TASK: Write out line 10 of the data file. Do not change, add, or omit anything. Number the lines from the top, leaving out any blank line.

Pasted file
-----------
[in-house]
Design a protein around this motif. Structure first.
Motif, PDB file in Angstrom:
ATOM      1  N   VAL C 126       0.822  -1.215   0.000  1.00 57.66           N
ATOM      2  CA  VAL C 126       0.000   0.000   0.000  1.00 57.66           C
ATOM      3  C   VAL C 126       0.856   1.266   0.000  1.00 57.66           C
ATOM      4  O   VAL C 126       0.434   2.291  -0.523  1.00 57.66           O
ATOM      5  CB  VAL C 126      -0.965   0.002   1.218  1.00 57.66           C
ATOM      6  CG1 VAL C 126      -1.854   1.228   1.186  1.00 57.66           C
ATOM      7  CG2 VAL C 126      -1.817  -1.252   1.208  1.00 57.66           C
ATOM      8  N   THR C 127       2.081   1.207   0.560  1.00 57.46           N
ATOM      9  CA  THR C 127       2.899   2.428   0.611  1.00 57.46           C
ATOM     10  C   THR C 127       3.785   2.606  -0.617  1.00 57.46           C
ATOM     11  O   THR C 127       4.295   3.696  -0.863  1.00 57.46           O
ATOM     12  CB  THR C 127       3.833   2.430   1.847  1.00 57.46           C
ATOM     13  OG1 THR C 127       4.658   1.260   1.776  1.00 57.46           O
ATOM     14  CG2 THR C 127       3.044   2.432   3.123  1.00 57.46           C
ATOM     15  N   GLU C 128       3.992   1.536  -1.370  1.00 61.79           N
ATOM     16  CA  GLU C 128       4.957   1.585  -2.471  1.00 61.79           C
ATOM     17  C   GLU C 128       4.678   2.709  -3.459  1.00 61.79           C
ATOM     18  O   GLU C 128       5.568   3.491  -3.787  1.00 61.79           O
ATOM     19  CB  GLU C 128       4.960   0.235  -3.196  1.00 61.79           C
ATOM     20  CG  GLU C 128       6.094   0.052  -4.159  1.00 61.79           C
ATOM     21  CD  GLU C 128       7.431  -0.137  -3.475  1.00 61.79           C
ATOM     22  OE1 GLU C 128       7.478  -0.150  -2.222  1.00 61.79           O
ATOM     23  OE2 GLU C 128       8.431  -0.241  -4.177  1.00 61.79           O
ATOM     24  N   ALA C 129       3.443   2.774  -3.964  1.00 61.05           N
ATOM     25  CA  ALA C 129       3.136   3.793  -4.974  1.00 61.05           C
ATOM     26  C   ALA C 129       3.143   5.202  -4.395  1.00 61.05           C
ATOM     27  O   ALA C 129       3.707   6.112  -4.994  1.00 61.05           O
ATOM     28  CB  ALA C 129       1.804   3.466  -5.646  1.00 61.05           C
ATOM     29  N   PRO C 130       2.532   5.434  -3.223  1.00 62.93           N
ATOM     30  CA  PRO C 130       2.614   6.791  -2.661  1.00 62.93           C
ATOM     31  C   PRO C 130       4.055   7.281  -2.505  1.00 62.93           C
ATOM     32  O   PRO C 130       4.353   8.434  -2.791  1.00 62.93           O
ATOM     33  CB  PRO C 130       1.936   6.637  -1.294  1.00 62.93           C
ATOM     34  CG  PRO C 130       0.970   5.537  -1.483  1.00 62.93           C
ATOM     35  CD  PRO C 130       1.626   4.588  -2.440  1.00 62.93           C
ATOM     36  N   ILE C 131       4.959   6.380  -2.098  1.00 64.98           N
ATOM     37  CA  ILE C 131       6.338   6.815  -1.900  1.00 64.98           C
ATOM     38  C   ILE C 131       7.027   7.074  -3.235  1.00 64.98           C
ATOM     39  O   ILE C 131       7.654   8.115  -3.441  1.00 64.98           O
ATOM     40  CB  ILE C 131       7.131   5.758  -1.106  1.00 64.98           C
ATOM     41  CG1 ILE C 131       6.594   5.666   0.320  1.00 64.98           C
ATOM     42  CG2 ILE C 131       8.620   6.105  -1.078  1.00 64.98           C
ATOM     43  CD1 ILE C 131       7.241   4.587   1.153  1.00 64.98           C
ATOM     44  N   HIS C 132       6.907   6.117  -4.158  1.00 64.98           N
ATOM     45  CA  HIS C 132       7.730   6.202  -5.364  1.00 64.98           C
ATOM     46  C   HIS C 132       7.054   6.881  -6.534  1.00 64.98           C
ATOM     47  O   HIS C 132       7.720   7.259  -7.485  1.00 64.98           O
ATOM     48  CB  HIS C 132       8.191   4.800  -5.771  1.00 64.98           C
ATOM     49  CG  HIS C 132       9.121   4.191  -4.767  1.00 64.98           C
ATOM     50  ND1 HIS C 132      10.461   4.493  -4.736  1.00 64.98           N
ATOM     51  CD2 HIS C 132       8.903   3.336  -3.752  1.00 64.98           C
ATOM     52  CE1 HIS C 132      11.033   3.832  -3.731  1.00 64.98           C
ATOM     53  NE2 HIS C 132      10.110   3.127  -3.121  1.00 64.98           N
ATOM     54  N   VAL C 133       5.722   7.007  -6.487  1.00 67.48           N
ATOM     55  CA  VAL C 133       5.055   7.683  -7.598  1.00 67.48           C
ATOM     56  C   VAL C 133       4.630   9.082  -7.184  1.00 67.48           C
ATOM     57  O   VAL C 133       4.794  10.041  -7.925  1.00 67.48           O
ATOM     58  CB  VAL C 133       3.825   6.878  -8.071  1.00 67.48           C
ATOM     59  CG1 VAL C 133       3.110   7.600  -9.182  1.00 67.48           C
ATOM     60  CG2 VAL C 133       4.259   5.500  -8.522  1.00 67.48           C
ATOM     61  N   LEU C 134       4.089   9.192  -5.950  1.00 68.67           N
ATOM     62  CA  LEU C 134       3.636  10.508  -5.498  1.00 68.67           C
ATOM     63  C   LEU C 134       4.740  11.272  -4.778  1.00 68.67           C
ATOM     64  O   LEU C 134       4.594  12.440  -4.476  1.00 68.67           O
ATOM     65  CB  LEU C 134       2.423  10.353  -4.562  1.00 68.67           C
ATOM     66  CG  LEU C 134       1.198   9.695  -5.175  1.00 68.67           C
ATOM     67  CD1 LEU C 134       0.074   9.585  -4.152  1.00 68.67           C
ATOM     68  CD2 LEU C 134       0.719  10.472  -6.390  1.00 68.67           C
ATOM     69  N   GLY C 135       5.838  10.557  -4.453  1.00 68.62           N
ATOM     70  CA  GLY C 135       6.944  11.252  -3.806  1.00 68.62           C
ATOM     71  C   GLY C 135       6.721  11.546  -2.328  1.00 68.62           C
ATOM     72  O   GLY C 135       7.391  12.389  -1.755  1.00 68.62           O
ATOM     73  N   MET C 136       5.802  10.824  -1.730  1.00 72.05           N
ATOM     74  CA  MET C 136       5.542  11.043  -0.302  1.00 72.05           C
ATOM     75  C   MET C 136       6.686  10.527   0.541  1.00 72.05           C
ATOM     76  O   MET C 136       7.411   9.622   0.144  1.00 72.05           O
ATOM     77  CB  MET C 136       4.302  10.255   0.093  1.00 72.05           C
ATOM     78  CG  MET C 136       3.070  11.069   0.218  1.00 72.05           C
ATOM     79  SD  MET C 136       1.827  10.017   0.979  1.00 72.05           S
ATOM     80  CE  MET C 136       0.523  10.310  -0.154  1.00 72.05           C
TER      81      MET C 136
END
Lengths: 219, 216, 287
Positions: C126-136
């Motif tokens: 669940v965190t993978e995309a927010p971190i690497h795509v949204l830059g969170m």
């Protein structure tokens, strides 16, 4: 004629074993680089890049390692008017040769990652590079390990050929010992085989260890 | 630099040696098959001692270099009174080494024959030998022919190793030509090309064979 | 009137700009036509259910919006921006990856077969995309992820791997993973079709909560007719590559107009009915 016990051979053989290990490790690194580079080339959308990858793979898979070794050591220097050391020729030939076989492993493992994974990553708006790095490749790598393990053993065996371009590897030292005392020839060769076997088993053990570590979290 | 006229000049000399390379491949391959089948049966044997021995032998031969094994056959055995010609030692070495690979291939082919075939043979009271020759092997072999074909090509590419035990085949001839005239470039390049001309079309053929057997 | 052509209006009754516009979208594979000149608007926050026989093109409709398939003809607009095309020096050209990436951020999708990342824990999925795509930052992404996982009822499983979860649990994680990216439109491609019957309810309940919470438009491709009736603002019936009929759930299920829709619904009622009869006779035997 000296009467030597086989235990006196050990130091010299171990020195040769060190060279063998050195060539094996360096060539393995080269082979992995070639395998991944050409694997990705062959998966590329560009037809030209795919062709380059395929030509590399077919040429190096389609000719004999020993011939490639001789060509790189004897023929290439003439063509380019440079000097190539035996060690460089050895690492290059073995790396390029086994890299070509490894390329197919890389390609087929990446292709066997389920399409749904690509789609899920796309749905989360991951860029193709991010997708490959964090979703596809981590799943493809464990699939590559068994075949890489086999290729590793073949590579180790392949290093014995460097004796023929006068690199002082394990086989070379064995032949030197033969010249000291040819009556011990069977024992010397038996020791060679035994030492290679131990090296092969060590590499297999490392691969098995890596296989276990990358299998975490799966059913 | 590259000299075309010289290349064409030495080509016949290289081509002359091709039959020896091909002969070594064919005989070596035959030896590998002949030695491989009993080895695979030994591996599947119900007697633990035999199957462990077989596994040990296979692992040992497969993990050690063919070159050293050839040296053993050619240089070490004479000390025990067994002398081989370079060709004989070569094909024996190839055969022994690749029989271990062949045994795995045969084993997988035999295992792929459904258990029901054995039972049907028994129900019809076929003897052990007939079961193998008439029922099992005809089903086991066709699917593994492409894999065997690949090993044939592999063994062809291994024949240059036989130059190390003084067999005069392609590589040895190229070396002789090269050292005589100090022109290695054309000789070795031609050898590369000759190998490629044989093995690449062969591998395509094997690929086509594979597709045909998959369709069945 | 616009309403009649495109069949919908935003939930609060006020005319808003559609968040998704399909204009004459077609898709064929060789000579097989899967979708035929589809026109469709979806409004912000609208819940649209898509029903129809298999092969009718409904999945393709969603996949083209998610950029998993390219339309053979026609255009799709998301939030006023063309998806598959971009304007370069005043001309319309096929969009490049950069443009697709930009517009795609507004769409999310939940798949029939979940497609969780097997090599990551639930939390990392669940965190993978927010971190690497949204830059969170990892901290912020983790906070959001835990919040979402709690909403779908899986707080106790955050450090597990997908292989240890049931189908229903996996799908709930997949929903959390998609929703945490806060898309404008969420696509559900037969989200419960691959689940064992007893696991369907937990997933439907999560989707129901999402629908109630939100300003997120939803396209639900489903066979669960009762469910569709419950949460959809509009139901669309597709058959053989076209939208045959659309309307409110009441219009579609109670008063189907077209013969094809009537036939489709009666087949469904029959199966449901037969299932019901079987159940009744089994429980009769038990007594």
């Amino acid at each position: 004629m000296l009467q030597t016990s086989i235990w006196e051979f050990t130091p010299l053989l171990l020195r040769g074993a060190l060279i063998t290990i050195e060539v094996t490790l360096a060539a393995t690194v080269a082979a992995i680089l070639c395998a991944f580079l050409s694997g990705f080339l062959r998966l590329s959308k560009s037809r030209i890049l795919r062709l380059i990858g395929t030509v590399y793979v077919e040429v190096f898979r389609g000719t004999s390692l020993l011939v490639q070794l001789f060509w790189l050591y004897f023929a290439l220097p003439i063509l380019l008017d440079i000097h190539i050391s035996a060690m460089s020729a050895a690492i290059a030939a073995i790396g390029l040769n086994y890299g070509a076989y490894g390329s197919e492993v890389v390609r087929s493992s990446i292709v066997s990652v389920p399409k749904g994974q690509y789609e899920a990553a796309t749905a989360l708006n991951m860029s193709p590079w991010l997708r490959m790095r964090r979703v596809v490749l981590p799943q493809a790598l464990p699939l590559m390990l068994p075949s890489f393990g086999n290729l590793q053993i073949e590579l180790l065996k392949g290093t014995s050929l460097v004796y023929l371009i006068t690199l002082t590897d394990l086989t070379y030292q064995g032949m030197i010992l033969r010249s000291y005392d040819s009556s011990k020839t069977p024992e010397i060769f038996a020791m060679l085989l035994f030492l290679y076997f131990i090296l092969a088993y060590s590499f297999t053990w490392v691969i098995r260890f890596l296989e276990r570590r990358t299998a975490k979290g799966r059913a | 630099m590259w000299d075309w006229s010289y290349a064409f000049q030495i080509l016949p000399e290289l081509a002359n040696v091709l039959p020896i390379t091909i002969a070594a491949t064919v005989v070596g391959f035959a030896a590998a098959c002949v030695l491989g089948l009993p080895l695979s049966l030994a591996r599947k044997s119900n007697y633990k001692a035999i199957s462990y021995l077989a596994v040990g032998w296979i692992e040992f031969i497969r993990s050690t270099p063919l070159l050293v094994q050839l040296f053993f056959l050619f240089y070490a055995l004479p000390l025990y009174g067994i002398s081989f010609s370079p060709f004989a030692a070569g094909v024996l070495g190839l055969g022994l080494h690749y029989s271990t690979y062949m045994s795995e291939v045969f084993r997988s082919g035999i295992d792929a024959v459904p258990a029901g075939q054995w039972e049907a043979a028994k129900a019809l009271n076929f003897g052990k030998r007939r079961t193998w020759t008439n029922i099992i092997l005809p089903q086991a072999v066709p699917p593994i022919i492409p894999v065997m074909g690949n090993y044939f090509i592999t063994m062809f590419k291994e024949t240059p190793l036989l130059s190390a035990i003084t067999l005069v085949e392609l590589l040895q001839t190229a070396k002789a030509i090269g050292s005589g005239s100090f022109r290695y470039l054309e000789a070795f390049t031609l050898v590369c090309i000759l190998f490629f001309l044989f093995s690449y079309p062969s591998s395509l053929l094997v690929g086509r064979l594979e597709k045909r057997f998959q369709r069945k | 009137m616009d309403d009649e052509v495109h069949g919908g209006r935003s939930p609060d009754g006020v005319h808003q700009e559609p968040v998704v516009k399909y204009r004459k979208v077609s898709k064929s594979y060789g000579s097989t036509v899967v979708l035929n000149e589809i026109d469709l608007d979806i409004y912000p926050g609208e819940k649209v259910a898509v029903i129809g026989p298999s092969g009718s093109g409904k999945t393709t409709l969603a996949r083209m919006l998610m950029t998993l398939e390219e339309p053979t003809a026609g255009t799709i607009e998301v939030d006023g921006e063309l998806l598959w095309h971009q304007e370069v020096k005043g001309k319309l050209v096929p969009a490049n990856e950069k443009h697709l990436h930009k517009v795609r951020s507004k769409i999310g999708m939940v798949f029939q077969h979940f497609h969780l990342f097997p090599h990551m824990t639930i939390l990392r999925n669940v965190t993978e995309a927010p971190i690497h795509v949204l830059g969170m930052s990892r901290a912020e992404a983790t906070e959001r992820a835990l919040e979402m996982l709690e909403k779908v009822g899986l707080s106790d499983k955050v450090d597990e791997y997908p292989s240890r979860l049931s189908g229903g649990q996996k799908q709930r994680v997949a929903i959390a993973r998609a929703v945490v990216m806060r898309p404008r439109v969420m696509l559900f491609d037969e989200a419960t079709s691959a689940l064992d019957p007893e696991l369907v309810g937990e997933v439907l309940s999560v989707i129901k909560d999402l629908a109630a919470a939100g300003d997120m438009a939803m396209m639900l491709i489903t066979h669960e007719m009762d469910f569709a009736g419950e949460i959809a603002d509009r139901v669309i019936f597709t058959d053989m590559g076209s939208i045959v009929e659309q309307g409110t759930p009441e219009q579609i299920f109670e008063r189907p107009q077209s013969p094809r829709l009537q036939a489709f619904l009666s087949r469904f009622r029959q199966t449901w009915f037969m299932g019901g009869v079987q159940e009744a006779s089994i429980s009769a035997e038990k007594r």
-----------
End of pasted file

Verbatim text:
ATOM      7  CG2 VAL C 126      -1.817  -1.252   1.208  1.00 57.66           C